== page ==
DAILY / MAY 22, 2019  
Psychiatric News Update

Panel Questions Evidence on Deep Brain Stimulation for Depression

Stanley Caroff
Deep brain stimulation (DBS) has been studied as a potential treatment for patients with severe, treatment-resistant depression and other mental illnesses. During a lively scientific session in which presenters discussed the history of psychosurgery from medieval skull drilling to modern neuroscience-guided procedures, some experts cautioned against the use of procedures like DBS for psychiatric disorders.

“Even as far back as 1500, there were critics like Hieronymus Bosch, who warned that behavioral ills could not be cured by a quick surgical fix,” said Stanley Caroff, M.D. (pictured above), an emeritus professor of psychiatry at the University of Pennsylvania Perelman School of Medicine. Today, as DBS is being promoted in medical and popular literature, he and fellow panelists echoed those sentiments. Given the heterogeneity of major depression, the spontaneous and cyclical course of symptoms, and even inconsistency in what qualifies as treatment resistance, invasive brain surgery might be too risky, he said.

While anecdotal case studies and single-site pilot studies have indicated that DBS improves depressive symptoms, the only two, well-controlled, randomized trials (known as RECLAIM and BROADEN) have failed to demonstrate meaningful improvement, Caroff noted. However, many investigators still believe that DBS is a valid approach, and that more adaptive and nontraditional clinical trial designs might provide a fairer test.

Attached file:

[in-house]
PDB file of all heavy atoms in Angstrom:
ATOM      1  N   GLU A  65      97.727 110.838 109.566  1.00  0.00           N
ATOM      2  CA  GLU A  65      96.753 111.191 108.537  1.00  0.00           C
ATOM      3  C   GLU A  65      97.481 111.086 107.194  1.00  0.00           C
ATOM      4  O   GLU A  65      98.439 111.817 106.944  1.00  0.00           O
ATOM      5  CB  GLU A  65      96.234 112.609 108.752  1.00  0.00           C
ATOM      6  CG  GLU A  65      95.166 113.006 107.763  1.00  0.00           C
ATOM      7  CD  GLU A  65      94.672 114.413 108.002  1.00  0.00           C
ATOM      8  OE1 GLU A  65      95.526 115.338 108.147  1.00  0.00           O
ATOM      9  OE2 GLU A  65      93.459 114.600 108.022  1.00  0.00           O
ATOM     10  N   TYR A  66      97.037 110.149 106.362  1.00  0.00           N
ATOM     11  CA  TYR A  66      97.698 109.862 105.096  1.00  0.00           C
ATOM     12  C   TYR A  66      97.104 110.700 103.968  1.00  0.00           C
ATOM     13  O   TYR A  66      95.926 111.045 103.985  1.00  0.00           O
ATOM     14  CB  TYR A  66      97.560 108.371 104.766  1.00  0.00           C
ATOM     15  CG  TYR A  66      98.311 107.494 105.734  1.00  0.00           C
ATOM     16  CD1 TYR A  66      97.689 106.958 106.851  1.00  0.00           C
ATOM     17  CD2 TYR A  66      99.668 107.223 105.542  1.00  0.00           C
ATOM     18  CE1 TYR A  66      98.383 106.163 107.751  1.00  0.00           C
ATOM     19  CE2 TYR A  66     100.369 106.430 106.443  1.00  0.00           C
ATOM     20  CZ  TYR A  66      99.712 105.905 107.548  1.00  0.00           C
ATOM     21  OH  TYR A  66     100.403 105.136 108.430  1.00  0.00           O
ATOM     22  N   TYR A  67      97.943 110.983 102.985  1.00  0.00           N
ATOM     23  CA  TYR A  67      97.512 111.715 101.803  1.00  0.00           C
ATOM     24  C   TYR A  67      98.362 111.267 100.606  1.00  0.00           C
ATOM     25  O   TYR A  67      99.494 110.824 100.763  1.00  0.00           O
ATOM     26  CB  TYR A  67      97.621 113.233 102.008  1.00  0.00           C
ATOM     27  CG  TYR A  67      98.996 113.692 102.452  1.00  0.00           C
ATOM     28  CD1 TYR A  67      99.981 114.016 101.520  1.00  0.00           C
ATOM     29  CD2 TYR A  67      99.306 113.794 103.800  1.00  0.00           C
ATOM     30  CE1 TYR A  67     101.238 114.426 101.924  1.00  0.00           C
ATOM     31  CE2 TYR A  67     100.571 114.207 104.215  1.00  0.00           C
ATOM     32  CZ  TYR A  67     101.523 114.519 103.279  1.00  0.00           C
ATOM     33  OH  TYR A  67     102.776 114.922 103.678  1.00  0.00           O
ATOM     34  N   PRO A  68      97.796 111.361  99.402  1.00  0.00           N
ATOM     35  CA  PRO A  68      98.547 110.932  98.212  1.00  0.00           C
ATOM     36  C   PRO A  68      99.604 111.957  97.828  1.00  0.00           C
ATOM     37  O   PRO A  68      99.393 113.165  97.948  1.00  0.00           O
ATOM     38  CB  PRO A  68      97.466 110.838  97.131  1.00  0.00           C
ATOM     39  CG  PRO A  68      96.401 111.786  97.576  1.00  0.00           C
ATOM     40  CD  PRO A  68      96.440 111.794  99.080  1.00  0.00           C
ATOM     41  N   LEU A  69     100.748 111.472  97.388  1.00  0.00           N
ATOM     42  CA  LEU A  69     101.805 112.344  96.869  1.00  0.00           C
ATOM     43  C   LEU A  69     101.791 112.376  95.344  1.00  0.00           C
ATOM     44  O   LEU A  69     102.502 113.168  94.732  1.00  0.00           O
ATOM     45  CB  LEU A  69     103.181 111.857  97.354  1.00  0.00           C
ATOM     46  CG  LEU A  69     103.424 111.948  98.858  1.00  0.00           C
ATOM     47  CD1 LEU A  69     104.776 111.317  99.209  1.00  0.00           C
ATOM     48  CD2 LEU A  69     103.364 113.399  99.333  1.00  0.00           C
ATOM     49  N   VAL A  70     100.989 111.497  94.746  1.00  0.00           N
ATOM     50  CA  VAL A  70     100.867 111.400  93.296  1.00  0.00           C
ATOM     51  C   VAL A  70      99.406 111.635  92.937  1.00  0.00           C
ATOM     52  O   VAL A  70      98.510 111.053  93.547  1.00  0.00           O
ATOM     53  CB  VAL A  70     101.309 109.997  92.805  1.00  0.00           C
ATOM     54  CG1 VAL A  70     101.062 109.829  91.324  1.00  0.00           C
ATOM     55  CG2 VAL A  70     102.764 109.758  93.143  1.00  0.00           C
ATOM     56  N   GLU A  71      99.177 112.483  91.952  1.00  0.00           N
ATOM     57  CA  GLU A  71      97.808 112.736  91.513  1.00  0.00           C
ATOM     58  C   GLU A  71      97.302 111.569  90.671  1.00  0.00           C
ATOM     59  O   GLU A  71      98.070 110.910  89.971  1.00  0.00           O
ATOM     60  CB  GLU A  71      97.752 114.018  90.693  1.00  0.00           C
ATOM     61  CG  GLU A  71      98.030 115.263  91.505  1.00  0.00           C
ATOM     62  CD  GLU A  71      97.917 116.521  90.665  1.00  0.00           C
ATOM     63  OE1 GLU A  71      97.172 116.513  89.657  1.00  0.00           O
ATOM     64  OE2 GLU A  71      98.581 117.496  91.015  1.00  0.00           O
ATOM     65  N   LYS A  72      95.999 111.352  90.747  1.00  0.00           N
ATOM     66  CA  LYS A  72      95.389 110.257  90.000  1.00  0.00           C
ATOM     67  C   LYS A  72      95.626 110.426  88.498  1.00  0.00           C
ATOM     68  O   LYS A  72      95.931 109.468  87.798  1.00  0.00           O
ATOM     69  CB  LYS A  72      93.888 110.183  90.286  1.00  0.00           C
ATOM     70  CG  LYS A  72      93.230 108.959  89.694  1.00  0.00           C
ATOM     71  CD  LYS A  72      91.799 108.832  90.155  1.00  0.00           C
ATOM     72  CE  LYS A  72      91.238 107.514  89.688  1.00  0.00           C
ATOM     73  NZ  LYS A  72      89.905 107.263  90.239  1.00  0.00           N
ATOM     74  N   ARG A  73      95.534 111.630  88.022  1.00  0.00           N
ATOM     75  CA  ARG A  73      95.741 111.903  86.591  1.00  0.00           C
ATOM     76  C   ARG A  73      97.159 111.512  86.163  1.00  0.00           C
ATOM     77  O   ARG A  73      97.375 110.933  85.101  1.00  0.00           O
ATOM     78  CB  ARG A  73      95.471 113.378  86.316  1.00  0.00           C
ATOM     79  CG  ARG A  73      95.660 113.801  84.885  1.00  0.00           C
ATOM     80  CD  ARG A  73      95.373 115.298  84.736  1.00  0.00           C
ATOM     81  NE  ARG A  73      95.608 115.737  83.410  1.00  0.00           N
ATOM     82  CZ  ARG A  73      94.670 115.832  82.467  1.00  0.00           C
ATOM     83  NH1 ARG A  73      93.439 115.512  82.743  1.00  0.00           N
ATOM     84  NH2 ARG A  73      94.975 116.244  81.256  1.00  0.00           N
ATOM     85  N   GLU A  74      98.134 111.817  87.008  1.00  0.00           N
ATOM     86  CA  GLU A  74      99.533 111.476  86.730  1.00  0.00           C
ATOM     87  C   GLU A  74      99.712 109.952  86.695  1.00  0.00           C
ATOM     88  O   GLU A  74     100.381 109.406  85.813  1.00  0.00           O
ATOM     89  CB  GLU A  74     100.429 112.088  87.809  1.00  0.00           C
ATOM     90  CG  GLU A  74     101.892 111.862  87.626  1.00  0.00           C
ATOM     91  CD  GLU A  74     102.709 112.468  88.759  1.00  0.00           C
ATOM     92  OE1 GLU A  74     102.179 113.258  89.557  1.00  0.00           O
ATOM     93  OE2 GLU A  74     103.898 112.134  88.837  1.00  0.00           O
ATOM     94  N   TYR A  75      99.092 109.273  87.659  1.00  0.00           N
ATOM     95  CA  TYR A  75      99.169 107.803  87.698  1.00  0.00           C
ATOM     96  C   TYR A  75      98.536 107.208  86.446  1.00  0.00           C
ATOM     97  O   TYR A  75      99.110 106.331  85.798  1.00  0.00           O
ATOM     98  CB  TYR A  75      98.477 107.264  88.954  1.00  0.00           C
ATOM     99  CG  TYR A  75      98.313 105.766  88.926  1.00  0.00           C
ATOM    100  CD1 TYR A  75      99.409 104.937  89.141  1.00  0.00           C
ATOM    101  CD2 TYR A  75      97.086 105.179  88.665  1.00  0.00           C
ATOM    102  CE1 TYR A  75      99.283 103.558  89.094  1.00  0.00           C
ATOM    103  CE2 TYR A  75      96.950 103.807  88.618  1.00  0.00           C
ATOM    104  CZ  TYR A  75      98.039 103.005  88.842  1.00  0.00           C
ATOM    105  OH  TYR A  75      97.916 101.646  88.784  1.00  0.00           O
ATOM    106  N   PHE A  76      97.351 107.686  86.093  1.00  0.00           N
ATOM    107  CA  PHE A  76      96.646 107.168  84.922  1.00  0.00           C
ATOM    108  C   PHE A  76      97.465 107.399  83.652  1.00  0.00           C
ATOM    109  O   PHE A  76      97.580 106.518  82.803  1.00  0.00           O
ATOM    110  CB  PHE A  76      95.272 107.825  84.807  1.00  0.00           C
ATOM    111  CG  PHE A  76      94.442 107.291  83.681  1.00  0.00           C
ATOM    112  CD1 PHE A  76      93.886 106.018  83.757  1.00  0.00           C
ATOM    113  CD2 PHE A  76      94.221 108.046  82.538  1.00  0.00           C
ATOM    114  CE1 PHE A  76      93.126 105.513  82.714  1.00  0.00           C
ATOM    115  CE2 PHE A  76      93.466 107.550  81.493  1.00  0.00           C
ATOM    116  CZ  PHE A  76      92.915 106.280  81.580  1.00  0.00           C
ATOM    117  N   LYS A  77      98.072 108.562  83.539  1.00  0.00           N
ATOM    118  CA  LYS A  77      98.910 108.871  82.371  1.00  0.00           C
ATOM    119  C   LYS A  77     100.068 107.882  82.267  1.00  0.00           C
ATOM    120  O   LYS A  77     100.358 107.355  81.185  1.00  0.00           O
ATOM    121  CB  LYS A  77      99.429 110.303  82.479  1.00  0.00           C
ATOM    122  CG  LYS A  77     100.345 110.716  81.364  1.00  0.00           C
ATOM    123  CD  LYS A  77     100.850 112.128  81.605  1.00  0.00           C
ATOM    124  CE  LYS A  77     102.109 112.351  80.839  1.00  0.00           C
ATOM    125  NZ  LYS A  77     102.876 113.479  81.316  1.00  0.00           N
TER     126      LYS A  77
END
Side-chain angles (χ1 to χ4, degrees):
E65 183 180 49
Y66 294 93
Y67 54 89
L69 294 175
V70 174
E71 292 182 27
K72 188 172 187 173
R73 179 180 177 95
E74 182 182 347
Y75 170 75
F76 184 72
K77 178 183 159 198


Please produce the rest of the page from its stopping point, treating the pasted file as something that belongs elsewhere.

“The DBS controversy highlights the dangers and pitfalls of therapeutic enthusiasm,” said Andrew Scull, Ph.D., who is a distinguished professor of sociology at the University of California, San Diego, and studies the social history of psychiatry.

Scull related the story of Henry Cotton, a prominent psychiatrist in the early 20th century and head of the Trenton State Hospital. Enthralled by the germ theory of disease that was gaining national prominence, Cotton believed that infection and sepsis caused mental illness. While the theory was accepted at the time, Cotton’s efforts to stem infection by pulling teeth and removing tonsils failed to improve patients. That failure, however, just led to the use of more drastic procedures, such as removing stomachs and colons.

“Within his logic, nothing was considered negative evidence,” Scull said. “A lack of improvement just meant you had to look elsewhere for the offending sepsis.”

An external investigation eventually found that these surgical procedures were not only ineffective but also associated with 40% mortality rate. Due to Cotton’s prominence, however, the report was suppressed.

The lesson from the Cotton story is that even proven scientific theories can be misinterpreted, so today’s researchers should not think they have cracked the secrets of the brain just because they have MRIs and other neuroimaging tools to guide them, said Robert Coffey, M.D. Coffey is a neurosurgeon who worked for Medtronic (which funded the RECLAIM study) and served on several FDA panels reviewing neurosurgical procedures.

While some studies suggest that DBS should be effective, “the clinical arrows are all pointing in the direction that believing DBS can treat depression is an erroneous hypothesis,” he said.

In concluding statements, Caroff stressed that he and his colleagues were not against neuroscience-guided medicine or other innovative ways to think about mental illness. “We just cannot let medical practice get ahead of our knowledge.”

(Image: Nicholas Zagorski)


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